Thursday, December 1, 2016

My Complaints With The NFL

Something definitely has changed with the NFL. It's just not as interesting as it has been. For the first time in my life, I didn't even watch a single game over Thanksgiving. But why? Well, I've given it some thought and here are the things that are bothering me.

1) There are too many games. I don't have time in my life for Thursday night games or Sunday morning London games. Three on Sunday and then one on Monday is already stretching things. Moreover, many of these are gimmicky, like the Thursday night onesie battles.

2) Parity. The NFL wants everyone to feel they have a chance. So the schedules are generic and devoid of classic rivalries. Everyone plays on Thursday and Sunday night even if they aren't good games. And the league treats Jacksonville v. Tennessee just the same as if it were Denver v. New England. This is wrong. They should promote the best and bury the rest.

3) Too many games get decided by referees. The vagueness of the rules mean that on any play, the referees can call holding, defensive holding and (on any deep play) pass interference. These penalties change the outcome of the game. It's the rare offense that isn't forced to punt when there is a holding call. Defensive holding gives offenses four new shots, often for meaningless infractions away from the play. Pass interference lets refs move offenses to the one yard line late in games. This is the perfect cocktail of too much discretion and too much power for a sport meant to be solved on the field.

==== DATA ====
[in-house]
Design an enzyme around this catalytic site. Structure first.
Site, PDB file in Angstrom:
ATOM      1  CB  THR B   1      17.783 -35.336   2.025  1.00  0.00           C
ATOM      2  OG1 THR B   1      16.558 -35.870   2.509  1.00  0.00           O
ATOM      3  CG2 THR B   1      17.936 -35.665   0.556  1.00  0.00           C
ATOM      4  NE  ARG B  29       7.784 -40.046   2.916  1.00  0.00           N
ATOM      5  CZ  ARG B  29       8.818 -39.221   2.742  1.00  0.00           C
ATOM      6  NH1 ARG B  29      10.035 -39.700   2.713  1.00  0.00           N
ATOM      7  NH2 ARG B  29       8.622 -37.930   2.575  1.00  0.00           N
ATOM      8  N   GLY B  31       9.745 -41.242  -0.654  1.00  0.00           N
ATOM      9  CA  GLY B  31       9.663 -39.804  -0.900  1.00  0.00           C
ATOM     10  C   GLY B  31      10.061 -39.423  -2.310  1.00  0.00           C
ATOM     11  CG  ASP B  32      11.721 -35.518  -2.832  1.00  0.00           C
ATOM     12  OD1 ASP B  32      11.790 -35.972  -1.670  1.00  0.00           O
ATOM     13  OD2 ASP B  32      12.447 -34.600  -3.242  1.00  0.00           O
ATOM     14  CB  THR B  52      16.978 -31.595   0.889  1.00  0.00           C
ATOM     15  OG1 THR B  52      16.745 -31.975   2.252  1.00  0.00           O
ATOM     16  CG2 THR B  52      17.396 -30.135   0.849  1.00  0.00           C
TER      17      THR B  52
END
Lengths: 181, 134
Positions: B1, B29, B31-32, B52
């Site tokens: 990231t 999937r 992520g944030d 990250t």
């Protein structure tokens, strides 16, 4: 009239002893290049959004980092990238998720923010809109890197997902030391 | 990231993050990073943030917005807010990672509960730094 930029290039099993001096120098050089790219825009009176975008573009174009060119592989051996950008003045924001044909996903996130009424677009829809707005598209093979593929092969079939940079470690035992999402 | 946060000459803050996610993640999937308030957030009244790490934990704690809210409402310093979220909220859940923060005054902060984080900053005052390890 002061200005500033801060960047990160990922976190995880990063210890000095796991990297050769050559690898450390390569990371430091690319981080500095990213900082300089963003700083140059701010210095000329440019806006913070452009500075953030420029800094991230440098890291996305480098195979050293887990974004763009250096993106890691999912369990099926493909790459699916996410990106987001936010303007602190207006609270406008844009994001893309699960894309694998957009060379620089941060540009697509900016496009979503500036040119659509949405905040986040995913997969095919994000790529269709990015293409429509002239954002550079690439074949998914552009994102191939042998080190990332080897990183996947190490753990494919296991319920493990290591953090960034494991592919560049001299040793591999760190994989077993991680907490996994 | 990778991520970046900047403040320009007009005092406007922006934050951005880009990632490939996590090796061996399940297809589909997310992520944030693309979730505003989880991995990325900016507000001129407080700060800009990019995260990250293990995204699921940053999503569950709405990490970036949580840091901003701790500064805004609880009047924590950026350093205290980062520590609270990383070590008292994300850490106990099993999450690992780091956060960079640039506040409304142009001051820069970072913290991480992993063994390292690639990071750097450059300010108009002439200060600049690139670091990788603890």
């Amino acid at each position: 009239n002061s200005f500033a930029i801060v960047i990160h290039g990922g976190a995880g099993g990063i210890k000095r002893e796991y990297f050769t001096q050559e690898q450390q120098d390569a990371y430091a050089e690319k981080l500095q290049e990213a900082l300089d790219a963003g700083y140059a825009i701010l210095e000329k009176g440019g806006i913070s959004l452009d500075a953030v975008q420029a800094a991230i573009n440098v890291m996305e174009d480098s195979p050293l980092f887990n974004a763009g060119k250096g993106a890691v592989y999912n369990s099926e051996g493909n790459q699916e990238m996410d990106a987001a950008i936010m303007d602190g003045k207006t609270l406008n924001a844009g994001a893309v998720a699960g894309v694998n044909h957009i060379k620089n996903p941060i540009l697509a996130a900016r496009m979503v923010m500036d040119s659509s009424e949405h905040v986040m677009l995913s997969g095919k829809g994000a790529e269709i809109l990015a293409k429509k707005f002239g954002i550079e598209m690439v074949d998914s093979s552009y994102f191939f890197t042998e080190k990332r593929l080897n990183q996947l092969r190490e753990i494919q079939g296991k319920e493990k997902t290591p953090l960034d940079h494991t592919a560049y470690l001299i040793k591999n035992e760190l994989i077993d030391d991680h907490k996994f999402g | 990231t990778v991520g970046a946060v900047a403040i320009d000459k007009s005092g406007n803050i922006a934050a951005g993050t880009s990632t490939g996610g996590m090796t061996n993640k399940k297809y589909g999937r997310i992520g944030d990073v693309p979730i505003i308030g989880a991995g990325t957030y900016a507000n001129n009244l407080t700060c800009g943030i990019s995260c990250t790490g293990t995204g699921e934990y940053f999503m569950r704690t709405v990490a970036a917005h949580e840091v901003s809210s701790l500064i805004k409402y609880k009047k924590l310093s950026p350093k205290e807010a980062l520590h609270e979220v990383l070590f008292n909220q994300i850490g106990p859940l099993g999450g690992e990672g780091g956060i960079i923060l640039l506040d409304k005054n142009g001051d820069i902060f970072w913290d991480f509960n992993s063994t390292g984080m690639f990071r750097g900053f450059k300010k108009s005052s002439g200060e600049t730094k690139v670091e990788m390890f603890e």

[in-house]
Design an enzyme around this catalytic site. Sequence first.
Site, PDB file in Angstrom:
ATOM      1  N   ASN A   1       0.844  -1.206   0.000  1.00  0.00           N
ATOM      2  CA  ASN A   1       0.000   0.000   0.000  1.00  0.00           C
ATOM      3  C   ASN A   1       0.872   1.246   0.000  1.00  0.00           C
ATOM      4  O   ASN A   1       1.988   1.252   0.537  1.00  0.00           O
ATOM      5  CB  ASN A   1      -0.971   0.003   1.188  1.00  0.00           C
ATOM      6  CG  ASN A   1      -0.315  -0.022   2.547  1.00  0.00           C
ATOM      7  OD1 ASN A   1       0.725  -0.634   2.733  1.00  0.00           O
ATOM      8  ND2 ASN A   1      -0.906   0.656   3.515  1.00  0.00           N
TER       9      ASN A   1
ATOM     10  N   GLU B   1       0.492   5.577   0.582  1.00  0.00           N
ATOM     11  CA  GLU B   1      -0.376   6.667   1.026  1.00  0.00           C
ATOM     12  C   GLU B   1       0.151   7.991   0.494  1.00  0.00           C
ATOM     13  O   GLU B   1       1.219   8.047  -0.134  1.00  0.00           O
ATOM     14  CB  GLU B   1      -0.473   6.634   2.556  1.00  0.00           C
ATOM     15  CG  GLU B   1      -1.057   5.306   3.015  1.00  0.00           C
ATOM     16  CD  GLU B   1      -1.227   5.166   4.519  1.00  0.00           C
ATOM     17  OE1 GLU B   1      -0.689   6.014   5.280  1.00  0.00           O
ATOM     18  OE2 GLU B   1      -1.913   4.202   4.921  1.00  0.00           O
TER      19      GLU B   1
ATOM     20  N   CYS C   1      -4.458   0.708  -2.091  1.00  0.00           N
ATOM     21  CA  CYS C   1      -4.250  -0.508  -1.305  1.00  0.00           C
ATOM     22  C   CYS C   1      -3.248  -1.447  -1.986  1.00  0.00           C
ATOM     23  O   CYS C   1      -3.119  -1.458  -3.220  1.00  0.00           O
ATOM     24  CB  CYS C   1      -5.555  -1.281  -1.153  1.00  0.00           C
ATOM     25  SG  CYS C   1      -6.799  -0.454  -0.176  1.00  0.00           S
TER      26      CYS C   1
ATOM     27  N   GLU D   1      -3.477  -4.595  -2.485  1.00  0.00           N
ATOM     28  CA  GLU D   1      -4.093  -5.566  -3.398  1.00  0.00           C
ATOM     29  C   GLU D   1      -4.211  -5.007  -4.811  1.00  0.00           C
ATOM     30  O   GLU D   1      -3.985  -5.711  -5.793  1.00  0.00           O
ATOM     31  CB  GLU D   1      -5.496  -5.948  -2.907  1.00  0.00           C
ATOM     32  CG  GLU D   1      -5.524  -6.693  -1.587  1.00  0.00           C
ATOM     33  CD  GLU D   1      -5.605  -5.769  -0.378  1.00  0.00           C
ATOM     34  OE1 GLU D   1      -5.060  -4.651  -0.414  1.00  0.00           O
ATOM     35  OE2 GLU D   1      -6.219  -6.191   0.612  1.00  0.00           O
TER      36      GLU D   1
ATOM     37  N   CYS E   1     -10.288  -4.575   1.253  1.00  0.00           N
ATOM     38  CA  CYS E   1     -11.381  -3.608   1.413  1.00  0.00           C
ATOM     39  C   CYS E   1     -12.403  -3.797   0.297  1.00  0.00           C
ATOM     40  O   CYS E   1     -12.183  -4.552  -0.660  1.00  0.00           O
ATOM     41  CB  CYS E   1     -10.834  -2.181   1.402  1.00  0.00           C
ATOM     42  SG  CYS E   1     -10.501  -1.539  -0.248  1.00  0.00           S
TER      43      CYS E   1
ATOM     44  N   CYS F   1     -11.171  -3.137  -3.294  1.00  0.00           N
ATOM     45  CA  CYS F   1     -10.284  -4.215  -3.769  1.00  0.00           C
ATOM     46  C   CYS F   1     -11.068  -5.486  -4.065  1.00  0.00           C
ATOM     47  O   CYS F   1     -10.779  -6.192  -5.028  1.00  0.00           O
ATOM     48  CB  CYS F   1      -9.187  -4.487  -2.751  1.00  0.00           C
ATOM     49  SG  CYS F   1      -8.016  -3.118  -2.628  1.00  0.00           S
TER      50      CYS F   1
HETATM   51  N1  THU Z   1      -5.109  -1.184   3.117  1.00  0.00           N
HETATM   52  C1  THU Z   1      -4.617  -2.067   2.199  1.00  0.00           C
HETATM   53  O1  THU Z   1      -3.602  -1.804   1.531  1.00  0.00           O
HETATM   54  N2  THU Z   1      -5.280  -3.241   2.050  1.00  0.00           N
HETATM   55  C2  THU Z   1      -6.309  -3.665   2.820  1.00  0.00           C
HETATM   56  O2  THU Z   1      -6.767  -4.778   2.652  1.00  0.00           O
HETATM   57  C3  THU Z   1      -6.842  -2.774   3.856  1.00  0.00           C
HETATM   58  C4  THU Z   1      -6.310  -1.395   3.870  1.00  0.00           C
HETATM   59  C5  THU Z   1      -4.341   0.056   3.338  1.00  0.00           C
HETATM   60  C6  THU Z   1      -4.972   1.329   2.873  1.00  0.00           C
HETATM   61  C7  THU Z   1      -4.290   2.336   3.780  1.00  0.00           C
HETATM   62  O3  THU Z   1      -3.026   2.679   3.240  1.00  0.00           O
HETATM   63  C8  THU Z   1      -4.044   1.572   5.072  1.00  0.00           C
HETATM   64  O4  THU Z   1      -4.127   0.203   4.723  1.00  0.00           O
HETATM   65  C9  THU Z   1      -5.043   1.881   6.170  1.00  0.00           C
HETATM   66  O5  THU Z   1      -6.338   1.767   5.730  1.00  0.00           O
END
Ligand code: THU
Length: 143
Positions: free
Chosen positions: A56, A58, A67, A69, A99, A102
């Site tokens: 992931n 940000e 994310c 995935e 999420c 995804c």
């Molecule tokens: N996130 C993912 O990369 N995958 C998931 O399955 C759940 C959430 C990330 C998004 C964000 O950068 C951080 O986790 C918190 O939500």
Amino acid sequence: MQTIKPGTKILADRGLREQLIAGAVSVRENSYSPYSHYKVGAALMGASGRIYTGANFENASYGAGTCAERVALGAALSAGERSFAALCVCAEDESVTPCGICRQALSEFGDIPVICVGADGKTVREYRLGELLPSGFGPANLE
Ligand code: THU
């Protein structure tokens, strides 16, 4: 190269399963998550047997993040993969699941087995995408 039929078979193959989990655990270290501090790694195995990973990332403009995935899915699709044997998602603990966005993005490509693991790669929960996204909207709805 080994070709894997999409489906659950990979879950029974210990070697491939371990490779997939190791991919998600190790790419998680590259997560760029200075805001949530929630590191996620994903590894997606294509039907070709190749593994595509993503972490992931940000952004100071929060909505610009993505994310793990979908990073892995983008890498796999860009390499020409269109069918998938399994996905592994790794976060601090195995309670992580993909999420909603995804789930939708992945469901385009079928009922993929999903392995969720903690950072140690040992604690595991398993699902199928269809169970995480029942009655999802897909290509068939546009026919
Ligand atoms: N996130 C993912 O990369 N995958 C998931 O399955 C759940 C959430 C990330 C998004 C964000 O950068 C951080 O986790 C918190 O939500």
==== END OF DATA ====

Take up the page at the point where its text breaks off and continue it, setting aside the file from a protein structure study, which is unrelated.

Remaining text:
4) Too many commercials. The NFL has crammed in an amazing amount of commercials. They've invented new breaks. They now sell time that used to be used for analysis. TD... commercial break... replay of touchdown, mention of review... commercial break... extra point... commercial break... kickoff... commercial break. Give me a (noncommercial) break! It is now more likely than not, when switching between games on the NFL package that the majority of games will be at commercial at any given random time. How can you build interest when you aren't interested in showing the game?

5) Announcers suck. In the old days, the announcers were professional broadcasters who could report what they saw and spin it into a compelling story. These days, they are ex-players who barely know the rules, spew only conventional wisdom, and couldn't tell a story if their lives depended on it. The NFL wants to wow you with fame, when they should be looking for talent.

6) Too many injuries. Every game, some star goes down for half the season. It's not fun to keep seeing the game's stars taken away hurt. Half the teams even scapegoat their failures on injuries. The uptick in injuries seems to be the result of less conditioning practice resulting from the last collective bargaining agreement.

7) Bad play. Lack of talent creates sloppy plays, especially among the offensive line. The lack of development of quarterbacks means most teams don't have a legitimate shot. Even worse, there seems to be a sense that teams quit when things go wrong because they take the approach of "there are enough games that each one doesn't matter."

8) Fake stars. The NFL is letting players use sticky gloves that make average receivers into great receivers. They celebrate guys who have three or four good games as the second coming before they fade away again. They celebrate big fantasy numbers earned in garbage time.